There is no doubt that horrible things are happening. From speculators, war profiteering, to attempts to hold on to power, like what Benjamin Netanyahu is attempting in Israel. But who isn’t playing political games? Trump did, Putin is, and we can see it in both local and international arenas. But at the same time, governments are also going though extraordinary trials. A government might keep babbling on about how it’s prepared, but now it actually has to show it, without any excuses. A government has to become worthy of our trust. Something is clear. People mocked me, saying that I’m an ideological war profiteer, that I use misfortune for my own promotion, because I wrote that it was not only about this virus, but about other viruses as well. I read a report from a biologist about how many viruses there are among animals which we know nothing about. Do you realize that forty percent of the yearly potato crop in the world is destroyed by viruses? Now, my idea was that we should reinvent a new kind of communism, of course not the Soviet type, that would be suicidal – and everyone ridiculed the idea. But look at what Trump is actually doing right now. The state has to take direct control over the economy. What pays off in the market is not important anymore. Companies, which have the capacity, will have to produce ventilators, masks, etc. The logic of economics will have to shift away from the category of profits for a certain period of time. Discussions about what to do if shares fall seem obscene to me. We will have to reorganize. Here I agree with Agamben and Naomi Klein and her thesis on so-called “disaster” capitalism. Capitalism will know how to take advantage of everything. It will help the big companies and nationalism will explode. It will be a horrible ordeal. As I wrote in one of my last articles, I’m not worried about direct public disorder, but my concern is that our everyday ethics will change and that we will agree to things that we ethically took for granted until now. For example, an old ethical rule in war is that after the battle, we must first take care of the seriously wounded, although this is not rational from the standpoint of optimal survival. From a biological perspective, the brutally rational thing to do would be to first take care of the lightly wounded, who you’re sure you can save, and not the seriously wounded, who will die in any case. But it’s a principle that even the army respects. And now, we‘re seeing signs that this is not being respected anymore. If you pass a certain threshold, like age or stage of illness, or if you’re in a higher-risk group, then the clear message is: we’re sorry, but stay at home and die in peace.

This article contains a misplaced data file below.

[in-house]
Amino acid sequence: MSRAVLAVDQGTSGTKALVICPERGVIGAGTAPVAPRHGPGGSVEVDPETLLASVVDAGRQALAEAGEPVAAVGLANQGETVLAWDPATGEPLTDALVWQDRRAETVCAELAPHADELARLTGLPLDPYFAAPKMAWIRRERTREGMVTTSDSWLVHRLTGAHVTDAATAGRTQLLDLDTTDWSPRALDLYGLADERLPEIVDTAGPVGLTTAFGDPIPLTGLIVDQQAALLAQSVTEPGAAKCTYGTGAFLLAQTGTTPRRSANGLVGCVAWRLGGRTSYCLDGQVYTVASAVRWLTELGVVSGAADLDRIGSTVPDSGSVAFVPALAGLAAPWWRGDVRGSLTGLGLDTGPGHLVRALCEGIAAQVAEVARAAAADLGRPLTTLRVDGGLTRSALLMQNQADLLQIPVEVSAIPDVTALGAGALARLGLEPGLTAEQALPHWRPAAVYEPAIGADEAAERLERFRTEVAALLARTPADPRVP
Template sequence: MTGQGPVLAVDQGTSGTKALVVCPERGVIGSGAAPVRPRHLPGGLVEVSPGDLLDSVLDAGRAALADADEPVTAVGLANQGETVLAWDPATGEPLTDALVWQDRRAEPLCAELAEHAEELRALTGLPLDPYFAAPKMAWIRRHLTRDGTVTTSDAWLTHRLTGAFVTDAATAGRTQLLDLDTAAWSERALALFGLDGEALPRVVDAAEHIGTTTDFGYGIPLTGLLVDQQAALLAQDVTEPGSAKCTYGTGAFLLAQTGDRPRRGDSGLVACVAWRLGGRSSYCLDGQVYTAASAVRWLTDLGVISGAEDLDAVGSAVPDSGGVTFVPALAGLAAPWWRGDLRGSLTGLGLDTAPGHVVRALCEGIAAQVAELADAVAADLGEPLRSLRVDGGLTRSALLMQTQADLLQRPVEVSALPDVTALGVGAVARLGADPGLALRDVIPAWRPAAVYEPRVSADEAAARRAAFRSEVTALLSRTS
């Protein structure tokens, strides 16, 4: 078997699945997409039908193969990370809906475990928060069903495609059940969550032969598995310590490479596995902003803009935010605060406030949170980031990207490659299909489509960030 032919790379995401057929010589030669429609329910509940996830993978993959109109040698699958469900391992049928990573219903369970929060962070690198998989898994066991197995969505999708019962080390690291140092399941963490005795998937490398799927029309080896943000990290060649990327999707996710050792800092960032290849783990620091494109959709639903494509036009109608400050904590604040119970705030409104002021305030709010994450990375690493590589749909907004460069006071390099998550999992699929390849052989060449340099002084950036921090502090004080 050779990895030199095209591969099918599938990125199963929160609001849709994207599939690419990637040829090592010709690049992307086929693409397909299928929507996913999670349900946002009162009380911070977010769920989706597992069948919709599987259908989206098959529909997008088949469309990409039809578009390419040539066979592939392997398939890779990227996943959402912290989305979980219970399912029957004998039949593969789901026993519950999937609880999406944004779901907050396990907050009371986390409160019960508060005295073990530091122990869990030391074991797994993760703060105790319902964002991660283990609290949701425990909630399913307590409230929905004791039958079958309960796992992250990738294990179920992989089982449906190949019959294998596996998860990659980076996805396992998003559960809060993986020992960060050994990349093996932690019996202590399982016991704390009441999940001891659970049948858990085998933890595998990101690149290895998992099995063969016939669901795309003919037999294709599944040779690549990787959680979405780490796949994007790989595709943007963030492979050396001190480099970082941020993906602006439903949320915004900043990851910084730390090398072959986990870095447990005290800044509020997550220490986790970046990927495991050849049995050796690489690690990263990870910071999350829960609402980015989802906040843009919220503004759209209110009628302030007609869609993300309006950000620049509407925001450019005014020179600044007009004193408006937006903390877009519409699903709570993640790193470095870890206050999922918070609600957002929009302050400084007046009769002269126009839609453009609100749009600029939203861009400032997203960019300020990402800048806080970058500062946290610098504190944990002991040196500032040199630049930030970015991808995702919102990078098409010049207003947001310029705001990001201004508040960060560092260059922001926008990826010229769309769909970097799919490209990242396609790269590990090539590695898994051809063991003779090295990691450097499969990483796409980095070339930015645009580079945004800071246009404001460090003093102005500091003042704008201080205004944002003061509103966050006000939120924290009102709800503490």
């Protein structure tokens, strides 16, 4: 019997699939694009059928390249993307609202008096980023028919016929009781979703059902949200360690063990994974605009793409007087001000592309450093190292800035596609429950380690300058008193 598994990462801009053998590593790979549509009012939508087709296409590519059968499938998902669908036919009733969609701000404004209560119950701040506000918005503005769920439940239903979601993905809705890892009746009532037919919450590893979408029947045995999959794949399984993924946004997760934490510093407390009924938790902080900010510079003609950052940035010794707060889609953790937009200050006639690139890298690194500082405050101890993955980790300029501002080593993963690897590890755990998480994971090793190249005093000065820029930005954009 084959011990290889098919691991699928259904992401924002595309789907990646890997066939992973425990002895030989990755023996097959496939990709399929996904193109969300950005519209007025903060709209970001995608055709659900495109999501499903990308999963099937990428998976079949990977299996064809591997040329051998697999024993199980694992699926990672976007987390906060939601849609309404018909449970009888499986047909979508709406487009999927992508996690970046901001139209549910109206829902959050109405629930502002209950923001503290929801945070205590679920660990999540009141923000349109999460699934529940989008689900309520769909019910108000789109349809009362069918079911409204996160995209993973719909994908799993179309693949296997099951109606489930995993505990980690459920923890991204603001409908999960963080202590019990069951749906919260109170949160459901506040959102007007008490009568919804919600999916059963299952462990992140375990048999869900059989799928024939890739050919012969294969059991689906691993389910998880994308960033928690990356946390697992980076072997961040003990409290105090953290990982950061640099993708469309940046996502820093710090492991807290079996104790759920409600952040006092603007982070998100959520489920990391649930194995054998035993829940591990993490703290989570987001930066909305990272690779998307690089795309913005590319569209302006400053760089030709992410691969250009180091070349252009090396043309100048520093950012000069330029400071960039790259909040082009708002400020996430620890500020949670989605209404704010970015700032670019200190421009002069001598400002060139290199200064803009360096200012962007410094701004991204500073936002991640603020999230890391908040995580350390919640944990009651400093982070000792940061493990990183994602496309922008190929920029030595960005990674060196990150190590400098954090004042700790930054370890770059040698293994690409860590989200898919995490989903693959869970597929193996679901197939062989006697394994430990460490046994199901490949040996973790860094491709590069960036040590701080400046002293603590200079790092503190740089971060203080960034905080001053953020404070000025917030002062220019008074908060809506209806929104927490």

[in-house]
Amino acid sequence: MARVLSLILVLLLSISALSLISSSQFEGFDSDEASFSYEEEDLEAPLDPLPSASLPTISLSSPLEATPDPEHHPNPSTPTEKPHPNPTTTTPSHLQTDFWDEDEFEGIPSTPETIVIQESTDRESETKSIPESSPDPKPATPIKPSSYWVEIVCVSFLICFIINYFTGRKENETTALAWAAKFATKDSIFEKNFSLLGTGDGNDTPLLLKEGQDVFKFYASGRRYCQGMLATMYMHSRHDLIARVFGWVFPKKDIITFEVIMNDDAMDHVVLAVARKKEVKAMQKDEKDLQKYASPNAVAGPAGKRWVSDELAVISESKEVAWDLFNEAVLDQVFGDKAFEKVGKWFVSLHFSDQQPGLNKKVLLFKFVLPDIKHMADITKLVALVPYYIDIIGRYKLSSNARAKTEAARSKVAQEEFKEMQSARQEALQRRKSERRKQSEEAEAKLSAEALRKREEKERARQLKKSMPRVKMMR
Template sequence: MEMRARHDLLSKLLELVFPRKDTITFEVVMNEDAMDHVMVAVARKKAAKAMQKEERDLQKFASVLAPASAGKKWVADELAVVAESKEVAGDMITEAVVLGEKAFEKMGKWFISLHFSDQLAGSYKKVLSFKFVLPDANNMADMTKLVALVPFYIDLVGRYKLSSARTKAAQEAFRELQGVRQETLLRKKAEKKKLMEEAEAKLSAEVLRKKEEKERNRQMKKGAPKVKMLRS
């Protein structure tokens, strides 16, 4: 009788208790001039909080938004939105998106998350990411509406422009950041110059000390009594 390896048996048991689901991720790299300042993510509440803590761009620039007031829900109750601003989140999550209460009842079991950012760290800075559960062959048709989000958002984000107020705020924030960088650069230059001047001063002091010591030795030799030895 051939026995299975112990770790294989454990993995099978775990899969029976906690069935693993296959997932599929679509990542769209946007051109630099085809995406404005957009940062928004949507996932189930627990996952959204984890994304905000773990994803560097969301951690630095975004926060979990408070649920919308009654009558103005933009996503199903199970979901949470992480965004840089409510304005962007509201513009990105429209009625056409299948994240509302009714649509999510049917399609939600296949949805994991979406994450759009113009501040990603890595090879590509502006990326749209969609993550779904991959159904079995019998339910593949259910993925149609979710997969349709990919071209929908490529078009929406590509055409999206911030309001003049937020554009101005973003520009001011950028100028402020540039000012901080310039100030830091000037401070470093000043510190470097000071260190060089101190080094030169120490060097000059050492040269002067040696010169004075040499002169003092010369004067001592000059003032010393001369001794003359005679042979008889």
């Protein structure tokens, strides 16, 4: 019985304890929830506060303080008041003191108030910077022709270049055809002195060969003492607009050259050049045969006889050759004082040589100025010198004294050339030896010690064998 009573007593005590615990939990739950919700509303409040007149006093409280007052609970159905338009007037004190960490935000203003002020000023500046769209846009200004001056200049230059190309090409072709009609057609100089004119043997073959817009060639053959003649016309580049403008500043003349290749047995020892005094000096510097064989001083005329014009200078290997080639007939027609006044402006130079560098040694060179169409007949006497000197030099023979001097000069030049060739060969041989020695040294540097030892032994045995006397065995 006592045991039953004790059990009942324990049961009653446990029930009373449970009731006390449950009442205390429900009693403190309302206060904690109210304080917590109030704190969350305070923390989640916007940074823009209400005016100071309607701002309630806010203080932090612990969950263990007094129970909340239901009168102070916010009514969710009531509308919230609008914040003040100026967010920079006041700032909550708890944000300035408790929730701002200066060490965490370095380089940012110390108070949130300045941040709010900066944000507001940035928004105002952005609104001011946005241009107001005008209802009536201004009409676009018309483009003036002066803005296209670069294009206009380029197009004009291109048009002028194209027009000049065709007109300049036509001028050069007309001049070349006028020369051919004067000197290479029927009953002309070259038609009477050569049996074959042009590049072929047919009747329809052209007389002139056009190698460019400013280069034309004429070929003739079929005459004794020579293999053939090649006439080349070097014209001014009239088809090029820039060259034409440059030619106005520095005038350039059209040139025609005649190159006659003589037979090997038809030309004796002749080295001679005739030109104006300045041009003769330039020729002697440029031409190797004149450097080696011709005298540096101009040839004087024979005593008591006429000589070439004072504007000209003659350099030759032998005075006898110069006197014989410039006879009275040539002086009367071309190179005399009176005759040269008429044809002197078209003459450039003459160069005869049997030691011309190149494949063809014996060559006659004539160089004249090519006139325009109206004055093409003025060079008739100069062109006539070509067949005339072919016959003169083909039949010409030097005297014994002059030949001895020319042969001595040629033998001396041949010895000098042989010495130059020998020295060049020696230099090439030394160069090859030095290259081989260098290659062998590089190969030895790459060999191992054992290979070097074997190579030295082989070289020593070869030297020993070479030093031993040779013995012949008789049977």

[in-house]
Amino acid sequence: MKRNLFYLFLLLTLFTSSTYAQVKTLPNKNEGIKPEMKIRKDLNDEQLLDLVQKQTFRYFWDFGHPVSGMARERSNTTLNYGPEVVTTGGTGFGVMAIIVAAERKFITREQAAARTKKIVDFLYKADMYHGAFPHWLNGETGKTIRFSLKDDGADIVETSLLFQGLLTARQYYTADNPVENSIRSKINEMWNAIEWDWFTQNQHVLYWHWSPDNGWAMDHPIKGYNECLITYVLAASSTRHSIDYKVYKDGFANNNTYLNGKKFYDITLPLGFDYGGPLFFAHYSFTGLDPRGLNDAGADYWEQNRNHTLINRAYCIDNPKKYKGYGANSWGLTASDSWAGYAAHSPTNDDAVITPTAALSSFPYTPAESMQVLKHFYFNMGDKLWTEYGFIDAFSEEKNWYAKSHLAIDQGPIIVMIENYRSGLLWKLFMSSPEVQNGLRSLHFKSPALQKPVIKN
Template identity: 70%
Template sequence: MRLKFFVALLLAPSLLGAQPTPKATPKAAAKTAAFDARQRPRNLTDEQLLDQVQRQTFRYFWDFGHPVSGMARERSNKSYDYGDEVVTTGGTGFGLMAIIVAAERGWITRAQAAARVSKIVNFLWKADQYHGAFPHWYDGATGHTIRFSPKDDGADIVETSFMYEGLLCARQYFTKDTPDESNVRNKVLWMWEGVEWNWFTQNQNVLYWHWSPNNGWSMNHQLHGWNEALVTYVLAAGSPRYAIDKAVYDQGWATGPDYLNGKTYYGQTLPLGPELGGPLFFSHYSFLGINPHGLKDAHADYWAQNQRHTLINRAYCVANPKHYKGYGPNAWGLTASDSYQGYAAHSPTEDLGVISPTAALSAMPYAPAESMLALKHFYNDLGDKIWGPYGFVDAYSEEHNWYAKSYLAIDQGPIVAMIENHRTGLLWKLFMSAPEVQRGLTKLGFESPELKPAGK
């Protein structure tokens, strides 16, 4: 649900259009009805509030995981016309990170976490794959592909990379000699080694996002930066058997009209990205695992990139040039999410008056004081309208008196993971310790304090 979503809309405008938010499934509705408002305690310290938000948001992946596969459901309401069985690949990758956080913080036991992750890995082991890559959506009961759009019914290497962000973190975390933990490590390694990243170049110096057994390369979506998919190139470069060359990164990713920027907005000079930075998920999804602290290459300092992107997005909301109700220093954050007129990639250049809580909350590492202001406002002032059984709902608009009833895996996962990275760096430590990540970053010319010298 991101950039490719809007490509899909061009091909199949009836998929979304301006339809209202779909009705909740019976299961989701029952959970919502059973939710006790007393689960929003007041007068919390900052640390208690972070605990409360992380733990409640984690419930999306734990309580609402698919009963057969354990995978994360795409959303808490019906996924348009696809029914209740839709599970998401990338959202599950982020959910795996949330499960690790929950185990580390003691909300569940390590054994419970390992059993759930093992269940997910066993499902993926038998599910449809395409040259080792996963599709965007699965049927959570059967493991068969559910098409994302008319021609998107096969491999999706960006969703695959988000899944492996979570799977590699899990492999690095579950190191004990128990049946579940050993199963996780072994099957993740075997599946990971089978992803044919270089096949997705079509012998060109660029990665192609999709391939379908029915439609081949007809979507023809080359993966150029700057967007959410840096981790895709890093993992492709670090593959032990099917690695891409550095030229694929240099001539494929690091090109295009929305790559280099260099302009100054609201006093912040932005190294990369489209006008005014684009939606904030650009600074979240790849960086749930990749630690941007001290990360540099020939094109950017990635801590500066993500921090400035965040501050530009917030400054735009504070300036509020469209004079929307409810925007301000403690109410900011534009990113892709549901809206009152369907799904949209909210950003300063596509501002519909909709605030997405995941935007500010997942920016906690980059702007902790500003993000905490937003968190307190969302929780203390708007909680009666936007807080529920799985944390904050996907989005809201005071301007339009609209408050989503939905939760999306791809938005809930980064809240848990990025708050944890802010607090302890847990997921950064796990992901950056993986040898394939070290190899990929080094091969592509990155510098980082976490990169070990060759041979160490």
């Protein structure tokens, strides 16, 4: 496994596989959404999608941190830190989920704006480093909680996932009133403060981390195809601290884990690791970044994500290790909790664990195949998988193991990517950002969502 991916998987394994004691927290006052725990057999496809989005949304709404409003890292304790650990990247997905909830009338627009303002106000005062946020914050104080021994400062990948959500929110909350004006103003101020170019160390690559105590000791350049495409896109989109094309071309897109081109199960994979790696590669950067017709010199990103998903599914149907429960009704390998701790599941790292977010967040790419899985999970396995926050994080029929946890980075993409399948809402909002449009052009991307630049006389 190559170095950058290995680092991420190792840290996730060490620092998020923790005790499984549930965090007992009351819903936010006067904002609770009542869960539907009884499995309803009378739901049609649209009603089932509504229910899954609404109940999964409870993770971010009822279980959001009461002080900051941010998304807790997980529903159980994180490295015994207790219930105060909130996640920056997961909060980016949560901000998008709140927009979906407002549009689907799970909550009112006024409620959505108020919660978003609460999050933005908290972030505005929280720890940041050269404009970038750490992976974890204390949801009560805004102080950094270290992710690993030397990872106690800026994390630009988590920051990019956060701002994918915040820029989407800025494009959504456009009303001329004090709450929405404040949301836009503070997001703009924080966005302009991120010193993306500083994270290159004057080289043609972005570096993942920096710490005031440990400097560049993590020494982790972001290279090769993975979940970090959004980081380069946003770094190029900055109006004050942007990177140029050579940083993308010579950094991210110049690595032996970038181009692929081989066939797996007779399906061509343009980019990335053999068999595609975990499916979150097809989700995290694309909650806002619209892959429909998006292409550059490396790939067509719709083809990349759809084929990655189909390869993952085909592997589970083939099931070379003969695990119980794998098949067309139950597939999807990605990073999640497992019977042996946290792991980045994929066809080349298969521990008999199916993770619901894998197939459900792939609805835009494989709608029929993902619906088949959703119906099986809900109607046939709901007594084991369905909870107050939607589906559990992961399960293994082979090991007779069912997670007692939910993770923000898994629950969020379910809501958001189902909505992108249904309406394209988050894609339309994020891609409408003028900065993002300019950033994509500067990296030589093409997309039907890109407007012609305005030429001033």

That’s in fact survival of the fittest.

That worries me. At some level, we might regress to the logic of primitive societies. At some level, we’re not experiencing anything new, but from the standpoint of biology, in the sense of natural survival logic, there is something positive happening. A percentage of those who are weak and a burden to our health and pension systems will die. If there is still anything spiritual left in us, such a scenario should be terrifying.

Slavoj Žižek:

"Who else, except disgusting speculators, is now thinking about where to spend the summer. Now you should help those you love."